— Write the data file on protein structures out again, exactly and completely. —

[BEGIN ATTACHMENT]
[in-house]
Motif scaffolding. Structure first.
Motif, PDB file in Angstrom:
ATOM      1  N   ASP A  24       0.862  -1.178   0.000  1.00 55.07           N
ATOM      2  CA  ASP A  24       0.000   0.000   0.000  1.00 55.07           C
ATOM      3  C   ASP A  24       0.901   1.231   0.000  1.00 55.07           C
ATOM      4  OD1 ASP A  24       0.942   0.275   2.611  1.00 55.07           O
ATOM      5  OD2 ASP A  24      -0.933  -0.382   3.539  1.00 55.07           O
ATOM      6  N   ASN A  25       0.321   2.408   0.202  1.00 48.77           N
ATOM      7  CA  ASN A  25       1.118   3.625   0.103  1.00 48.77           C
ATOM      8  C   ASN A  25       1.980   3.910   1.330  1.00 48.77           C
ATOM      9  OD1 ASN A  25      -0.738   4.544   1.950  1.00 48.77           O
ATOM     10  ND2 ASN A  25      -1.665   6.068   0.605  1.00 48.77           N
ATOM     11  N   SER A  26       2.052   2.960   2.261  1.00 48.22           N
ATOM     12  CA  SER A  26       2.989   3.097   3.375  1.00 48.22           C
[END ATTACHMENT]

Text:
[in-house]
Motif scaffolding. Structure first.
Motif, PDB file in Angstrom:
ATOM      1  N   ASP A  24       0.862  -1.178   0.000  1.00 55.07           N
ATOM      2  CA  ASP A  24       0.000   0.000   0.000  1.00 55.07           C
ATOM      3  C   ASP A  24       0.901   1.231   0.000  1.00 55.07           C
ATOM      4  OD1 ASP A  24       0.942   0.275   2.611  1.00 55.07           O
ATOM      5  OD2 ASP A  24      -0.933  -0.382   3.539  1.00 55.07           O
ATOM      6  N   ASN A  25       0.321   2.408   0.202  1.00 48.77           N
ATOM      7  CA  ASN A  25       1.118   3.625   0.103  1.00 48.77           C
ATOM      8  C   ASN A  25       1.980   3.910   1.330  1.00 48.77           C
ATOM      9  OD1 ASN A  25      -0.738   4.544   1.950  1.00 48.77           O
ATOM     10  ND2 ASN A  25      -1.665   6.068   0.605  1.00 48.77           N
ATOM     11  N   SER A  26       2.052   2.960   2.261  1.00 48.22           N
ATOM     12  CA  SER A  26       2.989   3.097   3.375  1.00 48.22           C